After years of abdominal pain with no clear-cut diagnosis, I decided it was time to find out if it could be caused by ingesting gluten. Going gluten-free has been very beneficial for me.
Even though I continue to be surprised by the overwhelming abundance of gluten in our food, there are plenty of options out there for us gluten-free folks. It requires diligence and the willingness to read labels and ask questions.
Just a partial list of symptoms for celiac disease, gluten allergy or intolerance include:
- Stomach pain
- Diarrhea or constipation
- Mouth sores
- Tingling and/or numbness in hands and feet
- Feeling foggy and memory issues
I was struggling with all of those symptoms, so I decided to cut out gluten for a few weeks to see if it would make a difference. I knew wheat was out, but barley and rye were off the menu as well. I also stayed clear of malt because it is made from barley, as well as vegetable protein because it may contain wheat.
My saddest discovery was that beer contains wheat. There are a number of gluten-free brands, but you have to be careful. Some are “brewed to remove gluten.” That could be serious for someone with celiac disease or a gluten allergy, because gluten might be left after the brewing process. As such, taste can be in an issue if you are a beer connoisseur. Thankfully, the list of beer options is growing.
Wine, for the most part, is gluten-free, and so are some other types of alcohol. Many vodkas are made with wheat, but gluten-free options exist. Whiskey is another example of being “brewed to remove gluten.” Rum is an option in most cases, however, the flavored rums can contain gluten. There are plenty of websites that list gluten-free alcohol brands and types. Make sure to read the labels.
Eating at parties and office potlucks just got tougher. Whether you are going to your in-laws or noshing at the office, beware of getting gluten. Bring your own dish if you can. When I told my mother-in-law about my food limitations, we decided that I would bring my own dish to a family dinner. That way I wouldn’t feel awkward sitting at the table watching everyone eat. It was sheer torture watching everyone else eat her world-famous lasagna, but I knew I would feel much better later for not indulging.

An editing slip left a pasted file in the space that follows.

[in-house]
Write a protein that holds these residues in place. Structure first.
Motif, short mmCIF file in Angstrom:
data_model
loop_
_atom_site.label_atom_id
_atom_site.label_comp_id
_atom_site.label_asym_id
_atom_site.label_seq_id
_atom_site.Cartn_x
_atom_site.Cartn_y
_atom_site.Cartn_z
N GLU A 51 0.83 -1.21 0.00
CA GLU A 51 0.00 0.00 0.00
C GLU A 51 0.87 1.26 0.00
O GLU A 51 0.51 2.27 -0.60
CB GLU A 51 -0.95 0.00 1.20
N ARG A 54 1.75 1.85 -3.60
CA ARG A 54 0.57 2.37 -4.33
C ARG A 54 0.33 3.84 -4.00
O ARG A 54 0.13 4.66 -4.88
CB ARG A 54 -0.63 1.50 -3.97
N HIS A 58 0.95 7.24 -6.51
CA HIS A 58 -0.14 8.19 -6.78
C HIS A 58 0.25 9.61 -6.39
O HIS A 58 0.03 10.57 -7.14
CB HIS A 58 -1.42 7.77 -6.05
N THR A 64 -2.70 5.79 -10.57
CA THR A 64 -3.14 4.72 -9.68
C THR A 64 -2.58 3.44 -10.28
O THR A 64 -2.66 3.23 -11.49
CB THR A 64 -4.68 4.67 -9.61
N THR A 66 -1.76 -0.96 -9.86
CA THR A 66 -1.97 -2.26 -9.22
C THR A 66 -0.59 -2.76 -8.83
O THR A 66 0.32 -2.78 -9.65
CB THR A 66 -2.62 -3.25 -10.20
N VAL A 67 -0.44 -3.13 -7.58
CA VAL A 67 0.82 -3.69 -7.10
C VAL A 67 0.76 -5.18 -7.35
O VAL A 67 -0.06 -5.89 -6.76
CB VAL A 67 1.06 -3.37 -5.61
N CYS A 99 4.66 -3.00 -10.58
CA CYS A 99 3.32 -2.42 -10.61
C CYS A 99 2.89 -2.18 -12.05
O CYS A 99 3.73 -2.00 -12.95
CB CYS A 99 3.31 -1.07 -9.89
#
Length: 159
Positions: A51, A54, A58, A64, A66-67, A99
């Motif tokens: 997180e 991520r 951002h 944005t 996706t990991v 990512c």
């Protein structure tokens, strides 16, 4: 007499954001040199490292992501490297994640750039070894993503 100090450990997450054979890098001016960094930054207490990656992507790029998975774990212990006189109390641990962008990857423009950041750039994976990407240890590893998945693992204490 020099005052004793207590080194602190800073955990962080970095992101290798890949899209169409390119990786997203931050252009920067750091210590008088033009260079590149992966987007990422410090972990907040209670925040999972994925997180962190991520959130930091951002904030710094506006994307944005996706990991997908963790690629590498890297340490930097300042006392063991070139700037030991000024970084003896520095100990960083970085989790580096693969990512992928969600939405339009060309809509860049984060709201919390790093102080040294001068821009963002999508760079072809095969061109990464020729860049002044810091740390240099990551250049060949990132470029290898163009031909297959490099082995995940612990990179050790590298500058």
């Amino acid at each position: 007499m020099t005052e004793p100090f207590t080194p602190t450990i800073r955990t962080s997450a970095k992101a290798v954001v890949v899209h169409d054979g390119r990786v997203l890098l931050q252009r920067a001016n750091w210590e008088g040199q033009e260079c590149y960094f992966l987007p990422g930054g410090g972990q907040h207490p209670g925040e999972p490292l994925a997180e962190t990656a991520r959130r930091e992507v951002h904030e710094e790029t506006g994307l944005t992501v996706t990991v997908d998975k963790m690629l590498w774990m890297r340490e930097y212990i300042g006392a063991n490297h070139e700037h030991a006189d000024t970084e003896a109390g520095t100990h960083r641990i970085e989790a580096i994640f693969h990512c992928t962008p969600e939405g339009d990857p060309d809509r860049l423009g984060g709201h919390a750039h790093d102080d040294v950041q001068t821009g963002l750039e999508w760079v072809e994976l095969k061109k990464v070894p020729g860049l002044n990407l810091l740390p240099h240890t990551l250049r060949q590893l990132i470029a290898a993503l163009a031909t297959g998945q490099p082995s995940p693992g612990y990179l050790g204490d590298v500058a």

Going out to eat can be quite an experience. Restaurants are beginning to offer gluten-free options. However, be aware not all of them can guarantee that your food will not come in contact with gluten. For example, not all french fries are gluten-free. They may be fried in non-dedicated fryers, which means that they are fried in the same deep fryer as other breaded items that contain gluten. Check the restaurant’s website or call to see if they have gluten-free options before you go.
I was floored when I went grocery shopping and really started to read the labels on my food. Gluten is in almost everything! Soups, soy sauce, gravy, ice cream, candy and more. My head was spinning. I didn’t know if I could do this. Going gluten-free wasn’t going to be as easy as I thought. Gluten-free items also can be much more expensive than regularly made items, such as gluten-free bread.
I went two weeks without gluten and I began to feel better within a few days. I felt much clearer than I had in a long time. No more fog. My headaches went away. The swelling in my hands and ankles went down. I had more energy. No more unexplained sores in my mouth.
I ended up cheating a week into my gluten-free experiment. Just one beer. What could it hurt, right? Oh, it hurt alright! Within 15 minutes my stomach blew up like a beach ball. Within an hour I had sores in my mouth and a killer headache. All from one beer.
That was enough for me. No more gluten. When I saw my doctor a week later, she informed me that in order to test for gluten issues, you must have gluten in your system. (Be sure to keep that in mind if you are planning to be tested for celiac disease.)
Note: Fibromyalgia News Today is strictly a news and information website about the disease. It does not provide medical advice, diagnosis, or treatment. This content is not intended to be a substitute for professional medical advice, diagnosis, or treatment. Always seek the advice of your physician or other qualified health provider with any questions you may have regarding a medical condition. Never disregard professional medical advice or delay in seeking it because of something you have read on this website. The opinions expressed in this column are not those of Fibromyalgia News Today, or its parent company, BioNews Services, and are intended to spark discussion about issues pertaining to fibromyalgia.
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